Delinquent taxes are overdue, unpaid taxes. If you miss the deadline for filing or paying your taxes, you could incur penalties and high-interest rates which will increase over time. If you don’t pay your delinquent taxes it could also result in collection actions such as the IRS claiming back taxes against your wages, property, or other assets.
A delinquent tax notice will be sent if the records indicate that a taxpayer hasn’t filed a tax return on time, or has failed to pay outstanding taxes. It will follow a bill that has been sent recently stating your overdue tax debts. There are a number of reasons taxpayers may not file tax returns on time. Often, especially in the case that the taxpayer has no earnings to report, they may simply forget to file a tax return. Alternatively, they could have neglected to file the return altogether. Another possibility is using an old filing frequency in error, in which case the tax return will need to be amended.
What happens if I ignore delinquent a tax notice?
The IRS will take action if you have received a delinquent tax notice and haven’t arranged suitable payment. One possibility is wage garnishment. The IRS will seize part of your wages in order to clear your debt. Wage garnishment can occur without a court order. You will receive a notification if the IRS is going to garnish your wages. First, they will contact your employer who will then issue you with a Statement of Dependents and Filing Status form. This will allow you to claim a certain amount as an exemption if you have dependents. The IRS will then deduct your debt from your wages, which is typically done at 25%.
The IRS can also place a tax lien on your property or other assets. This means they’ve secured a legal claim on your property, which could result in repossession if you don’t pay off your debt in full. This will also negatively affect your credit report and other background checks. If a tax lien is filed against you due to delinquent taxes, you can set an installment agreement to clear your debt in monthly payments.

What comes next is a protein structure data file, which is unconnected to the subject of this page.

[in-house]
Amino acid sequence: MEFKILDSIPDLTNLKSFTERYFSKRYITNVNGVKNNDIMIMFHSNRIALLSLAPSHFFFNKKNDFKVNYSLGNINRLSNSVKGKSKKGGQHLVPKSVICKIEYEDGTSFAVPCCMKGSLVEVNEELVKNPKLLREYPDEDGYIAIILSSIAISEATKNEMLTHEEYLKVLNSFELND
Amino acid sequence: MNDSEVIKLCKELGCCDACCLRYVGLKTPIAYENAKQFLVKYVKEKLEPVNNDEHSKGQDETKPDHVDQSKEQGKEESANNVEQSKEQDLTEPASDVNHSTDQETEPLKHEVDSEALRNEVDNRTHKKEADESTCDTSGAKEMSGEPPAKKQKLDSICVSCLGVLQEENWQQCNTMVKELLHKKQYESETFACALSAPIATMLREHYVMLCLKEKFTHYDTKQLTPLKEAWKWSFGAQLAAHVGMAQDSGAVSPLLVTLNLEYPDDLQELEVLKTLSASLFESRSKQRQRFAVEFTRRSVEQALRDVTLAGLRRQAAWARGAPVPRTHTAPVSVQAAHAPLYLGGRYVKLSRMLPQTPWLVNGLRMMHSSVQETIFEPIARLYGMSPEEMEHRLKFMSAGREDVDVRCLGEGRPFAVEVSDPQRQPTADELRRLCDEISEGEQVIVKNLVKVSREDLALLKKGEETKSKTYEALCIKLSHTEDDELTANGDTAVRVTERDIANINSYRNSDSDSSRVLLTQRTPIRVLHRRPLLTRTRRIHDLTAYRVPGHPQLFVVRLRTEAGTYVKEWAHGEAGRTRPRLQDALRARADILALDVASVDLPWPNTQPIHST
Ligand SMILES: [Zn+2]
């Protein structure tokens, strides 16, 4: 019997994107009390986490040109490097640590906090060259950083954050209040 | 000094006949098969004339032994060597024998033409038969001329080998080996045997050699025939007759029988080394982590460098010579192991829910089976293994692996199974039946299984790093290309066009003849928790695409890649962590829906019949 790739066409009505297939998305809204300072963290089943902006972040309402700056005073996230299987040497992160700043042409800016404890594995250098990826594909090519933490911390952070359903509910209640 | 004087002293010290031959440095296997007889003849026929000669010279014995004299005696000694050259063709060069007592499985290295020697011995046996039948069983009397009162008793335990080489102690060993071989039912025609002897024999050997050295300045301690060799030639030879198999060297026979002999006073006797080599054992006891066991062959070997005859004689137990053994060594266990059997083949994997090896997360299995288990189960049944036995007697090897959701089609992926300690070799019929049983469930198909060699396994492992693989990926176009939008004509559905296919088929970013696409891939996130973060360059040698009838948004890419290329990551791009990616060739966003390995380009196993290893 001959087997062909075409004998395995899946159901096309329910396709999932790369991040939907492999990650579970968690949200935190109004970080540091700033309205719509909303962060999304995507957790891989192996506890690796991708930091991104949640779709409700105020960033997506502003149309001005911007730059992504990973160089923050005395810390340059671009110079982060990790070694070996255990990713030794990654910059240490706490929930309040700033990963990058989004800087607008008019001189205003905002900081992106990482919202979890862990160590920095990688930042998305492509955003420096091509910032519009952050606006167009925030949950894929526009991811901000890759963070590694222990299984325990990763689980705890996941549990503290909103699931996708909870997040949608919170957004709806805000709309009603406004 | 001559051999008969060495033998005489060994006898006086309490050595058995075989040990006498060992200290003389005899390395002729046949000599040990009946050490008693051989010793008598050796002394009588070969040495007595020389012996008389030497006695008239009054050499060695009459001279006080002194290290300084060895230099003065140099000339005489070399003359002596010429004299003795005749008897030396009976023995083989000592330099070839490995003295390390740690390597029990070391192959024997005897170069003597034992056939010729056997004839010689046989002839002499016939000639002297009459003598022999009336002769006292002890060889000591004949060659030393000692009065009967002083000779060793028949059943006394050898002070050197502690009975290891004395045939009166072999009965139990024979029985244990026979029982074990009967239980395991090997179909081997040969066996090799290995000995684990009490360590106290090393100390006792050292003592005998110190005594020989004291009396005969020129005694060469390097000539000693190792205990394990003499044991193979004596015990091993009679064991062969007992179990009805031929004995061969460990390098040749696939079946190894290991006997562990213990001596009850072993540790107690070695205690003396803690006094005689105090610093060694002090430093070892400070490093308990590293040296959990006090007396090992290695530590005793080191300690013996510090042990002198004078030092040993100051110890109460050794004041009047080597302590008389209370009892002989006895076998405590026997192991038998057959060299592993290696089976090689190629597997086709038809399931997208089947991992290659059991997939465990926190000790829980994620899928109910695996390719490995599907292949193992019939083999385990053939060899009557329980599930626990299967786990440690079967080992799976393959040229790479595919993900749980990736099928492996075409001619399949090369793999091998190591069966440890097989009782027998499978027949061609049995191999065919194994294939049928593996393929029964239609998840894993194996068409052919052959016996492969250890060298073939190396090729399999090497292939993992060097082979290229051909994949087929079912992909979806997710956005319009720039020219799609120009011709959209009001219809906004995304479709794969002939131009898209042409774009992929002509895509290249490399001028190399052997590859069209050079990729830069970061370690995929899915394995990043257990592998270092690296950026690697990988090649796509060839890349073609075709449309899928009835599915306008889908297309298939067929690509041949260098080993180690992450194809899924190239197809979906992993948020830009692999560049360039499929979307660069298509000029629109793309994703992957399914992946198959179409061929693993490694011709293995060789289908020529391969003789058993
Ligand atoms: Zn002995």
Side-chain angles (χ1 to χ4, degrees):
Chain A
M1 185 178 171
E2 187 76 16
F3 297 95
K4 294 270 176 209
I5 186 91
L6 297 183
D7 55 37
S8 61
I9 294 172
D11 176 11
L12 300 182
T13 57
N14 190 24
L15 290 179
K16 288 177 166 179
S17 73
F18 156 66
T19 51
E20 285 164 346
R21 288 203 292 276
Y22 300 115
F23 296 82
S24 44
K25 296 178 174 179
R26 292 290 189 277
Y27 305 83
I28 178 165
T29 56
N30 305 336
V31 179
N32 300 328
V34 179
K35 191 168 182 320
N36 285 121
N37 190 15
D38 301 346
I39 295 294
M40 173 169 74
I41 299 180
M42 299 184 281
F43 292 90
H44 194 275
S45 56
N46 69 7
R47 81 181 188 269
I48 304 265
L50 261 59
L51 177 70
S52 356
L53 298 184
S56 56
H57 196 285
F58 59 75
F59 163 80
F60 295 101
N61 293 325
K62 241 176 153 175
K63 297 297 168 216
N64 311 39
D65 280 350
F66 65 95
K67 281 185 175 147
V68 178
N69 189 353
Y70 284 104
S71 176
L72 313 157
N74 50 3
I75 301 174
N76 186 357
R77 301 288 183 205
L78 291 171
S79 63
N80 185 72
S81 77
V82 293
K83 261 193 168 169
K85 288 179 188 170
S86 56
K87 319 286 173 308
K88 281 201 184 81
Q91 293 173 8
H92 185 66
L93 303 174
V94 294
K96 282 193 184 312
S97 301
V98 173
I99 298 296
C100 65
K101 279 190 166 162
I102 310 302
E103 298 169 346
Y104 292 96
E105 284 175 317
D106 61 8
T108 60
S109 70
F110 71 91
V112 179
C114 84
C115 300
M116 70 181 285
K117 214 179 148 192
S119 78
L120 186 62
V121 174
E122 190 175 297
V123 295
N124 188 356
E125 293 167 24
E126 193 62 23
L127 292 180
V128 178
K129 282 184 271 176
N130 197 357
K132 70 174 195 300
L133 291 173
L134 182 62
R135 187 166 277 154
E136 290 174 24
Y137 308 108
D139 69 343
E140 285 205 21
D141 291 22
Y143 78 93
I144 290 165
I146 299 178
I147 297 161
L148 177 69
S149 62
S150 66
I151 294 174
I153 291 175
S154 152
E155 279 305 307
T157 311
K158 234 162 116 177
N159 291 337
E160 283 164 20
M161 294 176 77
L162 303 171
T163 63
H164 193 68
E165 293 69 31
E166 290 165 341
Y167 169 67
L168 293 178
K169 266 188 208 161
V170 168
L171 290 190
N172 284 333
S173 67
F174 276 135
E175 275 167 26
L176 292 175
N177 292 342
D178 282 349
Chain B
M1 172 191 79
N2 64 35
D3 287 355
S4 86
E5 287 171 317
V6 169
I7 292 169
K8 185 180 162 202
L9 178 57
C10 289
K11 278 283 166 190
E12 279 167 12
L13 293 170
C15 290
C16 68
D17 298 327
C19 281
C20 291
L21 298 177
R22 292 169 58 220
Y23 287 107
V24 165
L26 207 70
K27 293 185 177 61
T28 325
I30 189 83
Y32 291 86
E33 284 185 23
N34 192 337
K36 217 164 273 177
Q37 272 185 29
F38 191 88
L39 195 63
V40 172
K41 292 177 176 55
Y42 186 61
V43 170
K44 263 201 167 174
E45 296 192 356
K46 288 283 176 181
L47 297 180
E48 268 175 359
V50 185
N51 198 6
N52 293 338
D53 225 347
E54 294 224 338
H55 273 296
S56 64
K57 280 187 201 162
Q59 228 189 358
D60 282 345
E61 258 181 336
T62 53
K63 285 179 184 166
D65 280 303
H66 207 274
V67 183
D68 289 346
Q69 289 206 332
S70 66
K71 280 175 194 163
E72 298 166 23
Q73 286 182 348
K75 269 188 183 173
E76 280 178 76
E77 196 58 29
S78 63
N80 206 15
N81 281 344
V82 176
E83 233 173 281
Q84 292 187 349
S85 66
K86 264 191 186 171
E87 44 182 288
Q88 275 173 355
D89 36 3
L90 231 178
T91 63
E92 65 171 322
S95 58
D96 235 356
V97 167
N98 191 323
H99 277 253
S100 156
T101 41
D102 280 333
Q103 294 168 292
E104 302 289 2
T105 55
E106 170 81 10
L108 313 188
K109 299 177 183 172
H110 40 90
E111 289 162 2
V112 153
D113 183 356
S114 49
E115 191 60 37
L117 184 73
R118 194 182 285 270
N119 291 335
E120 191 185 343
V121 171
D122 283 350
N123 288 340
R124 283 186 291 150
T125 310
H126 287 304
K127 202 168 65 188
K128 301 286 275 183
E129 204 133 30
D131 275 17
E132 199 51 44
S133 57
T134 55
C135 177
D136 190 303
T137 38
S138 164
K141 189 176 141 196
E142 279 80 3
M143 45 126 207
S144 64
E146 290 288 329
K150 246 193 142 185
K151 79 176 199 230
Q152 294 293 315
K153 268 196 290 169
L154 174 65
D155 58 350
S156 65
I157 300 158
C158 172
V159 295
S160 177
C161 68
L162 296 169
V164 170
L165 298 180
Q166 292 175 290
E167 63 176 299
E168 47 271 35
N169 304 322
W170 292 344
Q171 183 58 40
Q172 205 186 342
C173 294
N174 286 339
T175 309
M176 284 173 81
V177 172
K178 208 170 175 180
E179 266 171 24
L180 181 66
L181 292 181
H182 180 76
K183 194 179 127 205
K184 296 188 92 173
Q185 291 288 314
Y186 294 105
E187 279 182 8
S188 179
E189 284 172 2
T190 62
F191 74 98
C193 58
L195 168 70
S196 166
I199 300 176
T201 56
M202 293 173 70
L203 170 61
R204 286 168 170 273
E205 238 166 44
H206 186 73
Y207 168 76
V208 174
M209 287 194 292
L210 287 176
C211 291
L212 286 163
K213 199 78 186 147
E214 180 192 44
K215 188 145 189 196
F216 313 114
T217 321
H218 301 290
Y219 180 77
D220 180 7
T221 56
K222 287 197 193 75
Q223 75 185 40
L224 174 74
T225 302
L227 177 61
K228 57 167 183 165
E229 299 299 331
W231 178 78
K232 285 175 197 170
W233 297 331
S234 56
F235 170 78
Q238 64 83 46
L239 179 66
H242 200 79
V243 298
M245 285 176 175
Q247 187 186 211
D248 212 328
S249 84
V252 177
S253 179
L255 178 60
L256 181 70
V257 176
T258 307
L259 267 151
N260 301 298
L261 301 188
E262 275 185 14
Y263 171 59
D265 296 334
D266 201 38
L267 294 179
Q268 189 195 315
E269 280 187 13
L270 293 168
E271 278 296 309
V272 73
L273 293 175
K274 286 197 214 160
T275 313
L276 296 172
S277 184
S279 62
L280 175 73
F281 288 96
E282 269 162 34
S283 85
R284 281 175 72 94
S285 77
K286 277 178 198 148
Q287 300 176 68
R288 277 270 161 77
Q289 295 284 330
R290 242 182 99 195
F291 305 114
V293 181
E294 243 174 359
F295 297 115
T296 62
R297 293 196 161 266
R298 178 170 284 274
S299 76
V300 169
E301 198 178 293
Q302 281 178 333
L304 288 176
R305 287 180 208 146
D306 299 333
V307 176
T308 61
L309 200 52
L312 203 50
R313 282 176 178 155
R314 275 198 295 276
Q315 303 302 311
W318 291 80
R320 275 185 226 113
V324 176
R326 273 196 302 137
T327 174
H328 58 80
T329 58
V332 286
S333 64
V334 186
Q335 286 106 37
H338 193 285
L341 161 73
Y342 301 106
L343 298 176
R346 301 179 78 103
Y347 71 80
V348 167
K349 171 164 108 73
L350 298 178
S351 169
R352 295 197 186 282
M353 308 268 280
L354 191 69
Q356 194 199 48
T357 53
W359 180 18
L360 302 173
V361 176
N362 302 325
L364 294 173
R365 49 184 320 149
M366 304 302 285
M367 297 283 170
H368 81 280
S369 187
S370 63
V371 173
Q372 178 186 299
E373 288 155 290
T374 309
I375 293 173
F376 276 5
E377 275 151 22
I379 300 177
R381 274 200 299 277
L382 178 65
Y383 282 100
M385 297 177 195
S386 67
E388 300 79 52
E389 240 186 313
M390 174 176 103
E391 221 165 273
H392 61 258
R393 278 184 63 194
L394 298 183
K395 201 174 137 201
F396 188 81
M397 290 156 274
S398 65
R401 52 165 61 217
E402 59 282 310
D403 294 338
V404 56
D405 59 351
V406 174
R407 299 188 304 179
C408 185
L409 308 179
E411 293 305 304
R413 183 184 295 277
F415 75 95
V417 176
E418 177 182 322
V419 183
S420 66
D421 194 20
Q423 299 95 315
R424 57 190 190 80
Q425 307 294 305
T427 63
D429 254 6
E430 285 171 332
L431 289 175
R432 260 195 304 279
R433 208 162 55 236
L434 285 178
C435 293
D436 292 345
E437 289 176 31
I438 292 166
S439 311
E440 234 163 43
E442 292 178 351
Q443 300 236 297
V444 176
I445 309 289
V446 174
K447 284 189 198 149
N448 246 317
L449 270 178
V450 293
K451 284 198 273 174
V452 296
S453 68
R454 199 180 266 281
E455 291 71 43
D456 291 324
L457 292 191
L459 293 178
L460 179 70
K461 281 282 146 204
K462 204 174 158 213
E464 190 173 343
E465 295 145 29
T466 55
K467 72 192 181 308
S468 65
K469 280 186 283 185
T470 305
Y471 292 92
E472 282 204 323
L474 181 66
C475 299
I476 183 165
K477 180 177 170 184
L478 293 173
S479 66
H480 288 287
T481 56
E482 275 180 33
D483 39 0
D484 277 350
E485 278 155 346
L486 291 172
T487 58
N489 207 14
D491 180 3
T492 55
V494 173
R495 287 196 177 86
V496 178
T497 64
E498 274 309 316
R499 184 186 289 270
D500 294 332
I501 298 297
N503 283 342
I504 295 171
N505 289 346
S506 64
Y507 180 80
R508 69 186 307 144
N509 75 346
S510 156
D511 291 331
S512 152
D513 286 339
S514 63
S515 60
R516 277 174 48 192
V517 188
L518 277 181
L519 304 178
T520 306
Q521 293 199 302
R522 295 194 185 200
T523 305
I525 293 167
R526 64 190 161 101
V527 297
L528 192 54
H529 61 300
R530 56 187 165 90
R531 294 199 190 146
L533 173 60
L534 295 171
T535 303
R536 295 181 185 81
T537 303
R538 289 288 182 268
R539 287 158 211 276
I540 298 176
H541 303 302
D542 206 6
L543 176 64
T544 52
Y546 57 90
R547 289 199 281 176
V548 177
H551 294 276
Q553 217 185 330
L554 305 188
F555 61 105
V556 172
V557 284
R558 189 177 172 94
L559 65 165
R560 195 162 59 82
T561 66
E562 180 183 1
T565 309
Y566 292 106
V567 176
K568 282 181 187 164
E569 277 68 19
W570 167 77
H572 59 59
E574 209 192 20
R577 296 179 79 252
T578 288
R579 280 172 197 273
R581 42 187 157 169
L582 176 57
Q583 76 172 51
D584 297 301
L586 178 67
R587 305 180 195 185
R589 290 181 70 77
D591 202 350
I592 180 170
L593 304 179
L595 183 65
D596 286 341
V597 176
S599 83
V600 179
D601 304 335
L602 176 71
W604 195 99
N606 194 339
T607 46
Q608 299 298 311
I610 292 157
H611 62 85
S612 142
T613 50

What should I do if I have delinquent taxes?
It’s crucial to deal with your delinquent taxes as soon as possible. This is the only way to reduce penalties and interest being added to your existing balance. If you have received a delinquent tax notice, you can contact the IRS to get advice on payment options. There are several different arrangements you can choose from in order to clear your delinquent taxes.
- File your tax return and pay in full
If you file your tax return and pay your delinquent taxes in full up to eight weeks after receiving your delinquent tax notice, there will be no further action against you.
- Set up an installment agreement with the IRS
If you are unable to clear your debt in full you can set up a monthly payment plan with the IRS.
- Apply for a partial payment plan
In some cases, the IRS may allow a partial payment plan, where you pay off a portion of your delinquent taxes on a monthly basis until the liability expires.
- Offer in Compromise
Offer in Compromise (OIC) is a type of settlement agreement with the IRS. The IRS may agree to this if there has been an error on their part, or you’re experiencing financial hardship, and you need to be up to date with other payments.
What happens if I can’t afford to pay delinquent taxes?
If you are experiencing a financial hardship and are unable to pay your delinquent taxes, the IRS may be able to declare you as “currently not collectible”. This means you can delay your payments and a temporary pause will be put on any collections. You will have to demonstrate severe economic disadvantage to qualify. Being declared currently not collectible doesn’t automatically clear your taxes, however, and they’ll still be on your record until you’re in a better position to pay them.
If you have received a delinquent tax notice or a deficiency notice from the IRS, don’t panic. As long as you deal with it as soon as possible, there will be several options available. The sooner you make an arrangement to pay back your delinquent taxes the better. It is never a good idea to approach complex financial decisions without sound advice from people who really understand the choices you’re weighing. That is why we are there, to give you the resources to reach the best possible understanding with the IRS. If you are in process of getting a divorce or have already divorced and in need of tax debt relief, contact us today by phone (888-548-0478) or email.